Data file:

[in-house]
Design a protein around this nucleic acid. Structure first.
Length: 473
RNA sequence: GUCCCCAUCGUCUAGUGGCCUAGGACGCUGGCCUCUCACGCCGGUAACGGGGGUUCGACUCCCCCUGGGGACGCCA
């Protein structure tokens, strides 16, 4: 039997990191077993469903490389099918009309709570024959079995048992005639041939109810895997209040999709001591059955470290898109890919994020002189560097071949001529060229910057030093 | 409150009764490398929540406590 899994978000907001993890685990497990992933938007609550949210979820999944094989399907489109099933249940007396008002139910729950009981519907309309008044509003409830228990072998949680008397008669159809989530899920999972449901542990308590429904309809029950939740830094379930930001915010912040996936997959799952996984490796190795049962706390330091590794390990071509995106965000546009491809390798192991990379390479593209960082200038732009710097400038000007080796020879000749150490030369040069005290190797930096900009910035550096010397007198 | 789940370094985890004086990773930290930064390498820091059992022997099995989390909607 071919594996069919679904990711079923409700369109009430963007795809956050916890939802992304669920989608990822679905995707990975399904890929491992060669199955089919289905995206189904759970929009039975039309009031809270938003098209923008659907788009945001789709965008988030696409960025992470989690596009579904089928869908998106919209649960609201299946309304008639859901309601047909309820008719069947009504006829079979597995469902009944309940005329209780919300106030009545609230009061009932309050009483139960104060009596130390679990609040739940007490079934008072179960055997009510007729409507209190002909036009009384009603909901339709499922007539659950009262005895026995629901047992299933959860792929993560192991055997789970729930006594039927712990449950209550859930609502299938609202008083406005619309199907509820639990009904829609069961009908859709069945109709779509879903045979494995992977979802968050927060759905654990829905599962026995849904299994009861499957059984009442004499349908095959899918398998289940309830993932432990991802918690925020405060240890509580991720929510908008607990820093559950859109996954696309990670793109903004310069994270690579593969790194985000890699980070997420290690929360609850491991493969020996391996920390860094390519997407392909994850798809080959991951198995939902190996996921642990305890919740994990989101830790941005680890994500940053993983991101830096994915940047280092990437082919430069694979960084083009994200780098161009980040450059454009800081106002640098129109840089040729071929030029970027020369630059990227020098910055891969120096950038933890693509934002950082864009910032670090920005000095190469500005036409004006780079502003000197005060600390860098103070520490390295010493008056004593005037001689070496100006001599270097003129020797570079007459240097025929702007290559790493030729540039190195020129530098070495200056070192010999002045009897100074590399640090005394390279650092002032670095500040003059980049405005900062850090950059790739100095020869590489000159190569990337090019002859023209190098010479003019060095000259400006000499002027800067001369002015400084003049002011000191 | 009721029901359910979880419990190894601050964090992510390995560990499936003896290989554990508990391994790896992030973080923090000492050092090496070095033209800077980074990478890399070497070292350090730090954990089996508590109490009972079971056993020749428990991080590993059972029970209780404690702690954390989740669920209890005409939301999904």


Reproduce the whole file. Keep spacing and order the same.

[in-house]
Design a protein around this nucleic acid. Structure first.
Length: 473
RNA sequence: GUCCCCAUCGUCUAGUGGCCUAGGACGCUGGCCUCUCACGCCGGUAACGGGGGUUCGACUCCCCCUGGGGACGCCA
């Protein structure tokens, strides 16, 4: 039997990191077993469903490389099918009309709570024959079995048992005639041939109810895997209040999709001591059955470290898109890919994020002189560097071949001529060229910057030093 | 409150009764490398929540406590 899994978000907001993890685990497990992933938007609550949210979820999944094989399907489109099933249940007396008002139910729950009981519907309309008044509003409830228990072998949680008397008669159809989530899920999972449901542990308590429904309809029950939740830094379930930001915010912040996936997959799952996984490796190795049962706390330091590794390990071509995106965000546009491809390798192991990379390479593209960082200038732009710097400038000007080796020879000749150490030369040069005290190797930096900009910035550096010397007198 | 789940370094985890004086990773930290930064390498820091059992022997099995989390909607 071919594996069919679904990711079923409700369109009430963007795809956050916890939802992304669920989608990822679905995707990975399904890929491992060669199955089919289905995206189904759970929009039975039309009031809270938003098209923008659907788009945001789709965008988030696409960025992470989690596009579904089928869908998106919209649960609201299946309304008639859901309601047909309820008719069947009504006829079979597995469902009944309940005329209780919300106030009545609230009061009932309050009483139960104060009596130390679990609040739940007490079934008072179960055997009510007729409507209190002909036009009384009603909901339709499922007539659950009262005895026995629901047992299933959860792929993560192991055997789970729930006594039927712990449950209550859930609502299938609202008083406005619309199907509820639990009904829609069961009908859709069945109709779509879903045979494995992977979802968050927060759905654990829905599962026995849904299994009861499957059984009442004499349908095959899918398998289940309830993932432990991802918690925020405060240890509580991720929510908008607990820093559950859109996954696309990670793109903004310069994270690579593969790194985000890699980070997420290690929360609850491991493969020996391996920390860094390519997407392909994850798809080959991951198995939902190996996921642990305890919740994990989101830790941005680890994500940053993983991101830096994915940047280092990437082919430069694979960084083009994200780098161009980040450059454009800081106002640098129109840089040729071929030029970027020369630059990227020098910055891969120096950038933890693509934002950082864009910032670090920005000095190469500005036409004006780079502003000197005060600390860098103070520490390295010493008056004593005037001689070496100006001599270097003129020797570079007459240097025929702007290559790493030729540039190195020129530098070495200056070192010999002045009897100074590399640090005394390279650092002032670095500040003059980049405005900062850090950059790739100095020869590489000159190569990337090019002859023209190098010479003019060095000259400006000499002027800067001369002015400084003049002011000191 | 009721029901359910979880419990190894601050964090992510390995560990499936003896290989554990508990391994790896992030973080923090000492050092090496070095033209800077980074990478890399070497070292350090730090954990089996508590109490009972079971056993020749428990991080590993059972029970209780404690702690954390989740669920209890005409939301999904």